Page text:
The week in higher education – 21 June 2018

The good, the bad and the offbeat: the academy through the lens of the world’s media

June 21, 2018
The week in higher education cartoon (21 June 2018)

Cultural historian Fern Riddell received the traditional “Twitter backlash” after venturing the opinion that those with PhDs should be referred to as “Dr”. The Royal Holloway, University of London research associate tweeted in response to a proposal by Canada’s Globe and Mail to change its house style, so that it would refer to academics as Mr, Mrs or Ms, with only medical doctors referred to as “Dr”. She told the BBC website on 15 June that “a wave of men suddenly jumped into my mentions saying I was vulgar and immodest”. The BBC added that “women with PhDs have been adding ‘Dr’ to their Twitter handles in solidarity”. Dr Riddell – who can rest assured that Times Higher Education will defend its house style on academic titles in all contingencies, including nuclear attack – defended the principle by saying: “This is our expertise and people need to know when someone is an expert.”


The University of Kent “is set to launch an investigation to catch a mysterious ghoulish figure who has been throwing dead rabbits through open windows on campus”, the Daily Mail reported on 15 June. One student found a dead rabbit on her kitchen draining board while another was hit by a flying carcass hurled by the “phantom rabbit flinger”, as styled by the Mail. A student said: “This might sound like a daft student prank, but it’s really upsetting to find dead rabbits in your home.”


Across the world, higher education policy increasingly focuses on the concept of notional average graduate earnings deriving from different courses at different institutions. And now, the concept has legal relevance too, after a Canadian judge awarded damages of C$350,000 (£200,000) to a music student whose then girlfriend stopped him taking up a prestigious scholarship, the Montreal Gazette reported on 14 June. Clarinettist and McGill University student Eric Abramovitz was successful in his application for a scholarship at the Colburn Conservatory of Music in Los Angeles. But “scared he would move away and perhaps no longer be in a relationship with her”, his girlfriend, fellow McGill student Jennifer Lee, accessed Mr Abramovitz’s email account and deleted the message of acceptance. She then set up a fake email address under a Colburn clarinet teacher’s name and sent Mr Abramovitz a message saying that his application had been declined. In addition to an award covering the value of the scholarship, an Ontario Superior Court judge agreed that Mr Abramovitz “had lost out on two years of potential salary because of his girlfriend’s deceit, worth $71,500 [£54,000] a year,” the Gazette reported. If she is to pay what she owes, Ms Lee – whose whereabouts are unknown to Mr Abramovitz – might want to check out the figures on which postgraduate courses lead to the most lucrative careers.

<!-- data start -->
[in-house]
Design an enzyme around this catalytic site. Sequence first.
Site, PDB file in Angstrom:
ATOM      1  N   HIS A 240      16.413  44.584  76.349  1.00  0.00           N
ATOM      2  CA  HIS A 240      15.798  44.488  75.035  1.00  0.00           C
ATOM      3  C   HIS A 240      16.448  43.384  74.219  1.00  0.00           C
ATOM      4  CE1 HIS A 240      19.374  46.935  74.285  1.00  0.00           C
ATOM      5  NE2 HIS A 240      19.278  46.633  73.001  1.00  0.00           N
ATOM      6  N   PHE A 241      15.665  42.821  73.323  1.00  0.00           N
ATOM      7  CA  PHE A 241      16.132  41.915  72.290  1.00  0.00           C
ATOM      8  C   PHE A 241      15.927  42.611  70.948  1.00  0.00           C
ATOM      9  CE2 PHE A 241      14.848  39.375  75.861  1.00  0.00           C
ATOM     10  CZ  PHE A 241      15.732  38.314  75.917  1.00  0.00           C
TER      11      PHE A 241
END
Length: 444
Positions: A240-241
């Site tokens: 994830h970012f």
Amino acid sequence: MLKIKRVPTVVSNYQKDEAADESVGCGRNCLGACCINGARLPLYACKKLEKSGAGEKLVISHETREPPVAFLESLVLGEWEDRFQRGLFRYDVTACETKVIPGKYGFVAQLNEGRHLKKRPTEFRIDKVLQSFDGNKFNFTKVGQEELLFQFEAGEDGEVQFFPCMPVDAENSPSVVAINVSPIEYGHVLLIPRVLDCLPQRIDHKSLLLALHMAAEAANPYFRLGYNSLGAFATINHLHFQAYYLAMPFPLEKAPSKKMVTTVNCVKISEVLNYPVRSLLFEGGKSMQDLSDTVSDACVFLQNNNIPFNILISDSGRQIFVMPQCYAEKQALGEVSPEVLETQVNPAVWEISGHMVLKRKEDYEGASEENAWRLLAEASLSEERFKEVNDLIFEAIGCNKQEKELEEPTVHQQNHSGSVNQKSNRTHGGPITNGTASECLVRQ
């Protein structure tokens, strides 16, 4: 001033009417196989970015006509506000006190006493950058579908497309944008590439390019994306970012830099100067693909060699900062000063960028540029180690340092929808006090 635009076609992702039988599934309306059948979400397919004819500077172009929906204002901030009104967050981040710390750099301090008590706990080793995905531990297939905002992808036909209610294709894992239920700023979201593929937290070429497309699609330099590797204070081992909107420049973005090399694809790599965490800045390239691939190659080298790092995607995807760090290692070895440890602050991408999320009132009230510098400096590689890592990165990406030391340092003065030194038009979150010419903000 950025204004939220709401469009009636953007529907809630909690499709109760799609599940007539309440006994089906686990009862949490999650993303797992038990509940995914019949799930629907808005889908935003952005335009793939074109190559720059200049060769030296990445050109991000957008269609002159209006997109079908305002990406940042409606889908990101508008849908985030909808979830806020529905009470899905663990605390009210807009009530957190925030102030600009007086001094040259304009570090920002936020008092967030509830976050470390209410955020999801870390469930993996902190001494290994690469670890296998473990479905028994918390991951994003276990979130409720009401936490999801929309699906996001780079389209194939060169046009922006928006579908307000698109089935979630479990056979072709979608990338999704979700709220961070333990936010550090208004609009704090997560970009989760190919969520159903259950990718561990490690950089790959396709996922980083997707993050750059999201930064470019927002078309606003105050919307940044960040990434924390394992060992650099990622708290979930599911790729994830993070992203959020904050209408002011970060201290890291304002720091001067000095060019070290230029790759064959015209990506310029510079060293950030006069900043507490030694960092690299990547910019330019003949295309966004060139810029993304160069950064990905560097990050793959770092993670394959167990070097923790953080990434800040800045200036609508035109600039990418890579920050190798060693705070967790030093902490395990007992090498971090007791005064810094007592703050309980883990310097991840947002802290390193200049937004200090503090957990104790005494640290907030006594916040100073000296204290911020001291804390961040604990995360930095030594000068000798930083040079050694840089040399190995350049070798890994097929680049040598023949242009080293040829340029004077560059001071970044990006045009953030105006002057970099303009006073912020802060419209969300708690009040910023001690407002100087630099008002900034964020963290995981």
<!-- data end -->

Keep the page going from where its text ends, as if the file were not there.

As THE went to press, leaders of Glasgow School of Art were caught in a “difficult waiting game” to see if its Mackintosh building can be saved after it was gutted by a second serious fire. Flames ripped through the art nouveau masterwork on the evening of 15 June, as restoration work continued after a blaze destroyed much of the famous Mackintosh library in 2014. Muriel Gray, chair of the GSA’s board of governors, said that it was “an understatement to say everyone is utterly devastated”.


“A group that claims Harvard puts quotas on Asian-American applicants contends the university scores them higher than students of other races on academics and extracurricular activities but ranks them lowest in a ‘personal’ category covering such traits as likability and ‘attractive to be with’,” CNN reported on 16 June. A federal court filing, made in Boston, by lawyers for Students for Fair Admissions alleges that Harvard has a bias against Asian American applicants, and towards Latino and African American applicants. Harvard argues that “the statistical analyses on which the challengers rely are flawed in multiple ways” and says that the percentage of Asian American students has gone up over the past decade, CNN said. The university also said that the student group’s data analysis “failed to include applicants such as athletes and children of parents who attended Harvard or of staff at the school”, CNN added. Raising Harvard’s admissions biases as a defence must surely be seen by the university as a silver bullet in legal terms, because it doesn’t look good from any other perspective.

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